The high prevalence of hypertension among the US black population is a major contributor to disparities in life expectancy; however, the causes for higher incidence of hypertension among black adults are unknown. A team of researchers from UAB’s School of Public Health collaborated with other organizations to evaluate potential factors associated with higher risk of incident hypertension among black adults. These UAB researchers included Drs. George Howard, Suzanne Judd, and Leann Long from the department of Biostatistics, along with Drs. Paul Muntner and Virginia Howard, from the department of Epidemiology.
Prospective cohort study of black and white adults selected from a longitudinal cohort study of 30 239 participants as not having hypertension at baseline (2003-2007) and participating in a follow-up visit 9.4 years (median) later.
There were 12 clinical and social factors, including score for the Southern diet (range, −4.5 to 8.2; higher values reflect higher level of adherence to the dietary pattern), including higher fried and related food intake. Incident hypertension (systolic blood pressure ≥140 mm Hg, diastolic blood pressure ≥90 mm Hg, or use of antihypertensive medications) at the follow-up visit.
The researchers found that of 6897 participants (mean [SD] age, 62  years; 26 percent were black adults; and 55 percent were women), 46 percent of black participants and 33 percent of white participants developed hypertension. Black men had an adjusted mean Southern diet score of 0.81 (95 percent CI, 0.72 to 0.90); white men, −0.26 (95 percent CI, −0.31 to −0.21); black women, 0.27 (95 percent CI, 0.20 to 0.33); and white women, −0.57 (95 percent CI, −0.61 to −0.54). The Southern diet score was significantly associated with incident hypertension for men (odds ratio [OR], 1.16 per 1 SD [95 percent CI, 1.06 to 1.27]; incidence of 32.4 percent at the 25th percentile and 36.1 percent at the 75th percentile; difference, 3.7 percent [95 v CI, 1.4 percent to 6.2 percent]) and women (OR, 1.17 per 1 SD [95 percent CI, 1.08 to 1.28]; incidence of 31.0 percent at the 25th percentile and 34.8 percent at the 75th percentile; difference, 3.8 percent [95 percent CI, 1.5 percent to 5.8 percent]). The Southern dietary pattern was the largest mediating factor for differences in the incidence of hypertension, accounting for 51.6 percent (95 percent CI, 18.8 percent to 84.4 percent) of the excess risk among black men and 29.2 percent (95 percent CI, 13.4 percent to 44.9 percent ) of the excess risk among black women. Among black men, a higher dietary ratio of sodium to potassium and an education level of high school graduate or less each mediated 12.3 percent of the excess risk of incident hypertension. Among black women, higher body mass index mediated 18.3 percent of the excess risk; a larger waist, 15.2 percent; less adherence to the Dietary Approaches to Stop Hypertension diet, 11.2 percent ; income level of $35 000 or less, 9.3 percent ; higher dietary ratio of sodium to potassium, 6.8 percent; and an education level of high school graduate or less, 4.1 percent.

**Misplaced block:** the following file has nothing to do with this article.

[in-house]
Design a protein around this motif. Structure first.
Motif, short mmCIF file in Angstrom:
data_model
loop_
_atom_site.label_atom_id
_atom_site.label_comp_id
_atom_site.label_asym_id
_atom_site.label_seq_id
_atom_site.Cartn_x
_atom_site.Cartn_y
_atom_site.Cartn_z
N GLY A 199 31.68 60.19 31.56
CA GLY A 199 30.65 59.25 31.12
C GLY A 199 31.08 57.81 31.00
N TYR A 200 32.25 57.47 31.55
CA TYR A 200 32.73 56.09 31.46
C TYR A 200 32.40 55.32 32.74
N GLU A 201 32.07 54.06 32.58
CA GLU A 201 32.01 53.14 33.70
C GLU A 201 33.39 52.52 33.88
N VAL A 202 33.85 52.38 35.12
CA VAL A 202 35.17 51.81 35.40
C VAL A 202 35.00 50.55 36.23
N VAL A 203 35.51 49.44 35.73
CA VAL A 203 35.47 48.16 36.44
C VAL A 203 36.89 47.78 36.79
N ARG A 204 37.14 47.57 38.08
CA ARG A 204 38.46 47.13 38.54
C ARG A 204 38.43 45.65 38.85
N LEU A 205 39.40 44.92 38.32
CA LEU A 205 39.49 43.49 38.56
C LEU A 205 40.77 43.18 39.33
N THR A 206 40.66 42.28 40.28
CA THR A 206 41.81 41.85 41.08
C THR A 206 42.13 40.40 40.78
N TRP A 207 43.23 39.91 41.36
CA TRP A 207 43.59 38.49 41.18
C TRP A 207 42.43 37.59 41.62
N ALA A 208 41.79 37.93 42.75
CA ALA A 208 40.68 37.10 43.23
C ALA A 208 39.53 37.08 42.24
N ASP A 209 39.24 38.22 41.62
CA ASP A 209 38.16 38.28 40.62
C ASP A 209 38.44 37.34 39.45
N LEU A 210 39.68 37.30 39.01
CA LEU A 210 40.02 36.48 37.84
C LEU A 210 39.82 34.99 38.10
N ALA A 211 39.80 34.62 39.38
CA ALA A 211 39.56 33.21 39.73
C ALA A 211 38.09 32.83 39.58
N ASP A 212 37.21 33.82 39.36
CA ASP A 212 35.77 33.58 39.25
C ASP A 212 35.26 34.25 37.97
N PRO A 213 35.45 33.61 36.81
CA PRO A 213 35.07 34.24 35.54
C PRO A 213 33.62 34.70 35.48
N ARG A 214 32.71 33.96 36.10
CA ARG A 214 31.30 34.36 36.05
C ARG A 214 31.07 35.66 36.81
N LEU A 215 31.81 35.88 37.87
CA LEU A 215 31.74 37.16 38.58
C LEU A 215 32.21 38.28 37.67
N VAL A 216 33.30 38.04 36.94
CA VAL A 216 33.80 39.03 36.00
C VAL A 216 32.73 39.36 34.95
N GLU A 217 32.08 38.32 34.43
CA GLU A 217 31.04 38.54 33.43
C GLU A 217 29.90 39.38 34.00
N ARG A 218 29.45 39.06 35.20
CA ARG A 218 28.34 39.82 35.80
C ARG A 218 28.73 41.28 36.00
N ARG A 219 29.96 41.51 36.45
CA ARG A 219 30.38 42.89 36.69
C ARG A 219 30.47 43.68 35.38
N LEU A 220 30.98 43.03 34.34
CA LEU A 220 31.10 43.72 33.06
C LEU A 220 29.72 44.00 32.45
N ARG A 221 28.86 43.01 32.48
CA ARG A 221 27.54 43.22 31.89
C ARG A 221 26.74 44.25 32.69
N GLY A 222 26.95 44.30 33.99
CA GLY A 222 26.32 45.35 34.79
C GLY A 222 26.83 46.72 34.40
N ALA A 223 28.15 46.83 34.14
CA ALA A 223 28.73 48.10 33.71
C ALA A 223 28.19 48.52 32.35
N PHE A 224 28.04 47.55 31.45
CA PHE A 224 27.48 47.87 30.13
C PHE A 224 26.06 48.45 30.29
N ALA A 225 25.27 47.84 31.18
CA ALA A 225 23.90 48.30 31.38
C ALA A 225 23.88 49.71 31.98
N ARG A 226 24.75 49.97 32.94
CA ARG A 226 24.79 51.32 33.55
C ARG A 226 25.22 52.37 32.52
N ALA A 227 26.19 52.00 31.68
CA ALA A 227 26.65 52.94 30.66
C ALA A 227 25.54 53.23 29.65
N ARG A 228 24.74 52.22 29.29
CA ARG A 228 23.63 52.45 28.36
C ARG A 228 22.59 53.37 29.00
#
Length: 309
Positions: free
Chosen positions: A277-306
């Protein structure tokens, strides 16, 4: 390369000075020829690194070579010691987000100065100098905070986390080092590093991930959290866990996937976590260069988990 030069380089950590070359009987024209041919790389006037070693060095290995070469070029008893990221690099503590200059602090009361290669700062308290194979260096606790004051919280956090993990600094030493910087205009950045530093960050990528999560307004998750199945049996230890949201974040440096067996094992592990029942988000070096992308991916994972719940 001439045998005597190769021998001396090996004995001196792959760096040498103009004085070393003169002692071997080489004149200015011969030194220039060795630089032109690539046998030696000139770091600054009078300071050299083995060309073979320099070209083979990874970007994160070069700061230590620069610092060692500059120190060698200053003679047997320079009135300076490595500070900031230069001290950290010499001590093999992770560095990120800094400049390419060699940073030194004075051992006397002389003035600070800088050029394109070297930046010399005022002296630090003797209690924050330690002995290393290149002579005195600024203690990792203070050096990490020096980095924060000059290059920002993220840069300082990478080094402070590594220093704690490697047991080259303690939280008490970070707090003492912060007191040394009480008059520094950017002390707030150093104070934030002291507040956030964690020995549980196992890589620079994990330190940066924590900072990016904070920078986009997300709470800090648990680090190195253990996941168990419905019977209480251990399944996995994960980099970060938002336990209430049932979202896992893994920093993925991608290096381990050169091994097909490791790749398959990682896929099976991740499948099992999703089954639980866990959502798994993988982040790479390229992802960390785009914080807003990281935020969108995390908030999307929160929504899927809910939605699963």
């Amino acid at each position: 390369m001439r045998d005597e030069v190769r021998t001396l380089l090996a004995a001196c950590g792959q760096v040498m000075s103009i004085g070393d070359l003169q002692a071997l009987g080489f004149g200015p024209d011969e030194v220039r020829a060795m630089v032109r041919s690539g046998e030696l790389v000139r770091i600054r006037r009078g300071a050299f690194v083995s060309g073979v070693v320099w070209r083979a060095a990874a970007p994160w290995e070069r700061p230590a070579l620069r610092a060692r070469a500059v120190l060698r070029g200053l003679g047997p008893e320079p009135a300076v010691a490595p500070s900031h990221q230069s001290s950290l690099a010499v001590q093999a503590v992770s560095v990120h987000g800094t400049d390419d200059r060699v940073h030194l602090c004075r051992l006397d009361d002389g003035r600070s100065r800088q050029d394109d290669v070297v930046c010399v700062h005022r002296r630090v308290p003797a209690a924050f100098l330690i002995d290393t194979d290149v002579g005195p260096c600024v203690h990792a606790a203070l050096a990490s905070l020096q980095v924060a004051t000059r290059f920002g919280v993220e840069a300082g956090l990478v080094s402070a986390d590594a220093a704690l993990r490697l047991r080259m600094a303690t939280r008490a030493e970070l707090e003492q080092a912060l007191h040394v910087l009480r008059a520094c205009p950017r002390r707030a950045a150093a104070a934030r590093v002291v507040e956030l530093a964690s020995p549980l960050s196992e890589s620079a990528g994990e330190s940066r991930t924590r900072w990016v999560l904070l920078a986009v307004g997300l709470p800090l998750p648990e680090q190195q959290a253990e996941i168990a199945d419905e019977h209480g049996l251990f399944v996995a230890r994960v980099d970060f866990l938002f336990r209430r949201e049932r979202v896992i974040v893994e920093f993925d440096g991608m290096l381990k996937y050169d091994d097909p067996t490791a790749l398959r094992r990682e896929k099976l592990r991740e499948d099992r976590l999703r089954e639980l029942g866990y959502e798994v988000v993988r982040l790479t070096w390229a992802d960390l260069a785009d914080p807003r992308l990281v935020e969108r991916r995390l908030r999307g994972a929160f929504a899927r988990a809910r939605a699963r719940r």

The researchers concluded that in a mediation analysis comparing incident hypertension among black adults vs white adults in the United States, key factors statistically mediating the racial difference for both men and women included Southern diet score, dietary ratio of sodium to potassium, and education level. Among women, waist circumference and body mass index also were key factors.
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